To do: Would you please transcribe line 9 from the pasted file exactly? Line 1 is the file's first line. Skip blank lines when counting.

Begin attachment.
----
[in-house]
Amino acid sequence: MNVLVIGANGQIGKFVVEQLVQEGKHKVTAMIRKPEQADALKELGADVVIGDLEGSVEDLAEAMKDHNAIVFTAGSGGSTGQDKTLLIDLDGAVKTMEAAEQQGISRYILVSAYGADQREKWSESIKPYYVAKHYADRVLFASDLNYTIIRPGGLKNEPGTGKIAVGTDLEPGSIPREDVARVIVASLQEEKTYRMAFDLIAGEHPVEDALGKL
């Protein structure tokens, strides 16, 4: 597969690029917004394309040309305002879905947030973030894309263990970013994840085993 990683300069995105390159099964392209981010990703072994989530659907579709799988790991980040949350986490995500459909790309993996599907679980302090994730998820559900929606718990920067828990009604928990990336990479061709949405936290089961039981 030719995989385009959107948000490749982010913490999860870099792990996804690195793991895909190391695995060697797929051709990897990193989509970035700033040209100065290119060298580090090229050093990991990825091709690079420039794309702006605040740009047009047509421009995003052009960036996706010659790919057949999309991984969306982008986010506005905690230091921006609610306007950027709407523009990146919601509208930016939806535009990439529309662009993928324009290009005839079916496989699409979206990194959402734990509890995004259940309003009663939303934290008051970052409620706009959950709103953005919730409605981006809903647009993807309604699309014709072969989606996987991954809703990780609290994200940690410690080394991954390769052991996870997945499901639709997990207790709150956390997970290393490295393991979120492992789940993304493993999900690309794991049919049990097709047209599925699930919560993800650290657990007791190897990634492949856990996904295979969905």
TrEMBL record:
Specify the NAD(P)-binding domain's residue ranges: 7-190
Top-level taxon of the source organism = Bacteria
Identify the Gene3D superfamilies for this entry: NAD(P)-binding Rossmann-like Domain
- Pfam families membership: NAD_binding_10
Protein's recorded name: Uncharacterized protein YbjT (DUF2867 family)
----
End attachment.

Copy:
Protein's recorded name: Uncharacterized protein YbjT (DUF2867 family)